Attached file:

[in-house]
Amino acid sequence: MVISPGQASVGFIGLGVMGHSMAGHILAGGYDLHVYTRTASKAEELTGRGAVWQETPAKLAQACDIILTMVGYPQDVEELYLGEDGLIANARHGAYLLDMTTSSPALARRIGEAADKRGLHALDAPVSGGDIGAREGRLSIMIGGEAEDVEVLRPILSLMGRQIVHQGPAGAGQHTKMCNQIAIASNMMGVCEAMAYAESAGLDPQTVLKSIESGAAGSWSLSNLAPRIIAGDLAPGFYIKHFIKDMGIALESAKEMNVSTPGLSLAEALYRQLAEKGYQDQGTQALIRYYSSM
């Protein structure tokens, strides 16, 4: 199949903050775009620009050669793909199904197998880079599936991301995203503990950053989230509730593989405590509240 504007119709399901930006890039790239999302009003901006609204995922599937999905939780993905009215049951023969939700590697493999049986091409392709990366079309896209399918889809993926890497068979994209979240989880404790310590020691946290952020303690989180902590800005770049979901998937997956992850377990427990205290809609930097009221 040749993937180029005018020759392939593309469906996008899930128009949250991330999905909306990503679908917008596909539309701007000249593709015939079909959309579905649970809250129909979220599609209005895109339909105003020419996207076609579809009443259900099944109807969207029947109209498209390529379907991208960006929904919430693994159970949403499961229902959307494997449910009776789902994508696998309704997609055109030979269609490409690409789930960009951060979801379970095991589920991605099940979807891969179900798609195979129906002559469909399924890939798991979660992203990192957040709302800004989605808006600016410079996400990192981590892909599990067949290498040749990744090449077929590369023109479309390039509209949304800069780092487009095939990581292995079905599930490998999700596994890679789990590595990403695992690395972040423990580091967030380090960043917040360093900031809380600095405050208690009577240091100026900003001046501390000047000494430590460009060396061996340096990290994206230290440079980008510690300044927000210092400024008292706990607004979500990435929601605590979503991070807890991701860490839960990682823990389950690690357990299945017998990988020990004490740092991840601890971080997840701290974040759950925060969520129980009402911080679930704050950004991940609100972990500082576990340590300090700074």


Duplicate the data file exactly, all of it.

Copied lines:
[in-house]
Amino acid sequence: MVISPGQASVGFIGLGVMGHSMAGHILAGGYDLHVYTRTASKAEELTGRGAVWQETPAKLAQACDIILTMVGYPQDVEELYLGEDGLIANARHGAYLLDMTTSSPALARRIGEAADKRGLHALDAPVSGGDIGAREGRLSIMIGGEAEDVEVLRPILSLMGRQIVHQGPAGAGQHTKMCNQIAIASNMMGVCEAMAYAESAGLDPQTVLKSIESGAAGSWSLSNLAPRIIAGDLAPGFYIKHFIKDMGIALESAKEMNVSTPGLSLAEALYRQLAEKGYQDQGTQALIRYYSSM
């Protein structure tokens, strides 16, 4: 199949903050775009620009050669793909199904197998880079599936991301995203503990950053989230509730593989405590509240 504007119709399901930006890039790239999302009003901006609204995922599937999905939780993905009215049951023969939700590697493999049986091409392709990366079309896209399918889809993926890497068979994209979240989880404790310590020691946290952020303690989180902590800005770049979901998937997956992850377990427990205290809609930097009221 040749993937180029005018020759392939593309469906996008899930128009949250991330999905909306990503679908917008596909539309701007000249593709015939079909959309579905649970809250129909979220599609209005895109339909105003020419996207076609579809009443259900099944109807969207029947109209498209390529379907991208960006929904919430693994159970949403499961229902959307494997449910009776789902994508696998309704997609055109030979269609490409690409789930960009951060979801379970095991589920991605099940979807891969179900798609195979129906002559469909399924890939798991979660992203990192957040709302800004989605808006600016410079996400990192981590892909599990067949290498040749990744090449077929590369023109479309390039509209949304800069780092487009095939990581292995079905599930490998999700596994890679789990590595990403695992690395972040423990580091967030380090960043917040360093900031809380600095405050208690009577240091100026900003001046501390000047000494430590460009060396061996340096990290994206230290440079980008510690300044927000210092400024008292706990607004979500990435929601605590979503991070807890991701860490839960990682823990389950690690357990299945017998990988020990004490740092991840601890971080997840701290974040759950925060969520129980009402911080679930704050950004991940609100972990500082576990340590300090700074």